When one of the assistant managers left for a better opportunity, the general manager offered me the job and the possibility of being permanently employed by the club. He promised me he would sponsor my H1B visa and that was very important to me so I took the opportunity and went ahead and negotiated the salary and the benefits. We covered a lot of different aspects like regular benefits, further education, evaluations and so forth. We estimated the expenses related to my sponsorship at around $5000 so I accepted a salary that was more or less the normal pay for my position minus the $5000, which seemed fair at that time. We never signed a written contract since it was not customarily for the club to do so.
A couple of months after, the general manager himself went for a better opportunity and he wrote me a letter as proof of our verbal agreement. The gentleman that replaced him continued to offer me the support I needed with my sponsorship and I finally got my employment visa.
Everything went fine and dandy so the next year I was evaluated and offered a raise. This was the tricky part. Instead of getting a lump sum to absorb the loss in salary from the previous year, I received a percentage increase, which, applied to my base salary, barely raised my pay to the original value. Now that was frustrating… I went to my general manager and explained to him the situation, but he believed I was trying to twist his arm, so I didn’t insist at that time.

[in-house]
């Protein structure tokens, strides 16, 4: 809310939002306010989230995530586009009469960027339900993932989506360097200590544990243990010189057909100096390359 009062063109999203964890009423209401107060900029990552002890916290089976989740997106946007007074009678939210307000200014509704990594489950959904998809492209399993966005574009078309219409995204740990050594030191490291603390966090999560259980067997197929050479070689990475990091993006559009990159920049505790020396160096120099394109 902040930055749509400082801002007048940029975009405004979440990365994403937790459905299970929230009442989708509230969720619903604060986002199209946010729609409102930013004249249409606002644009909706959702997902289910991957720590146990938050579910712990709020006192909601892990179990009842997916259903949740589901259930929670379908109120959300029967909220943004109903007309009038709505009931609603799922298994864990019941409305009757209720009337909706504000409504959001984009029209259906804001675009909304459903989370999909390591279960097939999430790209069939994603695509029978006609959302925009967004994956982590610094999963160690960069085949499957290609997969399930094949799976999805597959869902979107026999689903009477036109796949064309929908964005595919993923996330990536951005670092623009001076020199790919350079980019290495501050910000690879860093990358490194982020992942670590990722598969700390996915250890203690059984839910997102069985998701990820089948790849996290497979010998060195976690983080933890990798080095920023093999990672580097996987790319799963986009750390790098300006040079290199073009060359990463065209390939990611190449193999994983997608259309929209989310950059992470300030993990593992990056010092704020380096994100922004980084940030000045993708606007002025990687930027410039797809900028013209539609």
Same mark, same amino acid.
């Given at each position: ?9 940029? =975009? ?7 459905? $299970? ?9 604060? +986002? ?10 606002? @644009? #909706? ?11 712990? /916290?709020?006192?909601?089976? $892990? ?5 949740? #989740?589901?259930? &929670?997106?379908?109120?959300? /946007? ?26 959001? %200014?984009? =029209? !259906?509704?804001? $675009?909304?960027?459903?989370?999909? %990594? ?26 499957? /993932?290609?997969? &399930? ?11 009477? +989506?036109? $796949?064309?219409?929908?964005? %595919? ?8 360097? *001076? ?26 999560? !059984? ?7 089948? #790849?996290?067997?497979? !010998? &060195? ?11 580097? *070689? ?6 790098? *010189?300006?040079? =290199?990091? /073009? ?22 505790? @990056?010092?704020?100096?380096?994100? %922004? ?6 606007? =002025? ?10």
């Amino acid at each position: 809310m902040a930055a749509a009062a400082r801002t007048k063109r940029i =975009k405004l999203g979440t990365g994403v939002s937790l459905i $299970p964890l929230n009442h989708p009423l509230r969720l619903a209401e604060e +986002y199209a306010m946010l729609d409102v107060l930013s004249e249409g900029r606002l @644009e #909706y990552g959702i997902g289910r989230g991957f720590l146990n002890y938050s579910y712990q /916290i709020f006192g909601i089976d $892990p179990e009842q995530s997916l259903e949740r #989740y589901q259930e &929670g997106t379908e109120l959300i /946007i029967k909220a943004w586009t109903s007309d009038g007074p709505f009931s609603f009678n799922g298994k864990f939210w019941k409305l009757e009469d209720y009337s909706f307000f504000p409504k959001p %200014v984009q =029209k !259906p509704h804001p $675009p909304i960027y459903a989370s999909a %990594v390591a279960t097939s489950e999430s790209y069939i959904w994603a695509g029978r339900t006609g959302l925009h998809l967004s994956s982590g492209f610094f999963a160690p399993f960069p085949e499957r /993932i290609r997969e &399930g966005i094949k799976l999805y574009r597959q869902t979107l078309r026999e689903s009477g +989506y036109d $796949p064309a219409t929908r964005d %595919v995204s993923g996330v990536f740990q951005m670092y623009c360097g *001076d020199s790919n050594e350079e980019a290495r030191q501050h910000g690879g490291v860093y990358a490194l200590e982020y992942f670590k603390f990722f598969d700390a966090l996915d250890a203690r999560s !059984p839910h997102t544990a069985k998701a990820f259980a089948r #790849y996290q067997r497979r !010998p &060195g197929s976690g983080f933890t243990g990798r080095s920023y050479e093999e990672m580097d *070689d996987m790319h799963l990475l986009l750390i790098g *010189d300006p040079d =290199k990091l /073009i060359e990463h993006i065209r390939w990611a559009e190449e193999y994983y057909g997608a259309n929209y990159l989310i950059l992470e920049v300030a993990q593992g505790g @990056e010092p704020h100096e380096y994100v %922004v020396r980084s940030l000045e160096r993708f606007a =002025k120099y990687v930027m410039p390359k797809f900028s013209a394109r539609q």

The following months I had all these mixed emotions, from feeling unappreciated to feeling like I was being used ( since my visa only allowed me to work for the club, nobody was concerned about me leaving).
I finally set an appointment with my boss and my proposal was to start a new salary negotiation from the idea of me being a new employee. I followed the 5 steps presented before and a managed to increase my base salary and have the possibility of a new raise with the new evaluations.
They say that if you accept a job that pays you $5000 less than you deserve, when you are in your twenties, you will end up losing half a million throughout your career. I am happy to have all that extra money to spend…
Robert Bacal www.work911.com
Johanna Schlegel www.salary.com
Prof. Sungu Amargan Organizational Behavior (course)